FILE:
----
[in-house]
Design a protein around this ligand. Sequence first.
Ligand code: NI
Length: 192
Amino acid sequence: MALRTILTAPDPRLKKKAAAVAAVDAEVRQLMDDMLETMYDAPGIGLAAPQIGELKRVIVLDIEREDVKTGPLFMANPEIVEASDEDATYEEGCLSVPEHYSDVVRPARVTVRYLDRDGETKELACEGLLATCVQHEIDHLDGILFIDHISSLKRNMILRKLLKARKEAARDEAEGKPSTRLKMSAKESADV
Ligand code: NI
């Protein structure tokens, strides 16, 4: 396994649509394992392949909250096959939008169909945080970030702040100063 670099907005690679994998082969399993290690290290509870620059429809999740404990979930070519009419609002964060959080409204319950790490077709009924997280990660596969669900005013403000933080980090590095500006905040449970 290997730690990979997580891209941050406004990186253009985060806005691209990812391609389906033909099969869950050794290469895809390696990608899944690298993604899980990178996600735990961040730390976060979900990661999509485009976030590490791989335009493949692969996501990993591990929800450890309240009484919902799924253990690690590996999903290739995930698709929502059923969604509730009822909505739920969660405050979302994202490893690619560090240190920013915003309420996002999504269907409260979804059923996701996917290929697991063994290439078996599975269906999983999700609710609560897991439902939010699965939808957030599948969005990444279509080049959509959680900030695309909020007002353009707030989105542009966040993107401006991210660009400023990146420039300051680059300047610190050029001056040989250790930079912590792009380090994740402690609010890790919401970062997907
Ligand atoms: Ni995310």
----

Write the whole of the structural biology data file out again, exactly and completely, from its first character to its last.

[in-house]
Design a protein around this ligand. Sequence first.
Ligand code: NI
Length: 192
Amino acid sequence: MALRTILTAPDPRLKKKAAAVAAVDAEVRQLMDDMLETMYDAPGIGLAAPQIGELKRVIVLDIEREDVKTGPLFMANPEIVEASDEDATYEEGCLSVPEHYSDVVRPARVTVRYLDRDGETKELACEGLLATCVQHEIDHLDGILFIDHISSLKRNMILRKLLKARKEAARDEAEGKPSTRLKMSAKESADV
Ligand code: NI
């Protein structure tokens, strides 16, 4: 396994649509394992392949909250096959939008169909945080970030702040100063 670099907005690679994998082969399993290690290290509870620059429809999740404990979930070519009419609002964060959080409204319950790490077709009924997280990660596969669900005013403000933080980090590095500006905040449970 290997730690990979997580891209941050406004990186253009985060806005691209990812391609389906033909099969869950050794290469895809390696990608899944690298993604899980990178996600735990961040730390976060979900990661999509485009976030590490791989335009493949692969996501990993591990929800450890309240009484919902799924253990690690590996999903290739995930698709929502059923969604509730009822909505739920969660405050979302994202490893690619560090240190920013915003309420996002999504269907409260979804059923996701996917290929697991063994290439078996599975269906999983999700609710609560897991439902939010699965939808957030599948969005990444279509080049959509959680900030695309909020007002353009707030989105542009966040993107401006991210660009400023990146420039300051680059300047610190050029001056040989250790930079912590792009380090994740402690609010890790919401970062997907
Ligand atoms: Ni995310």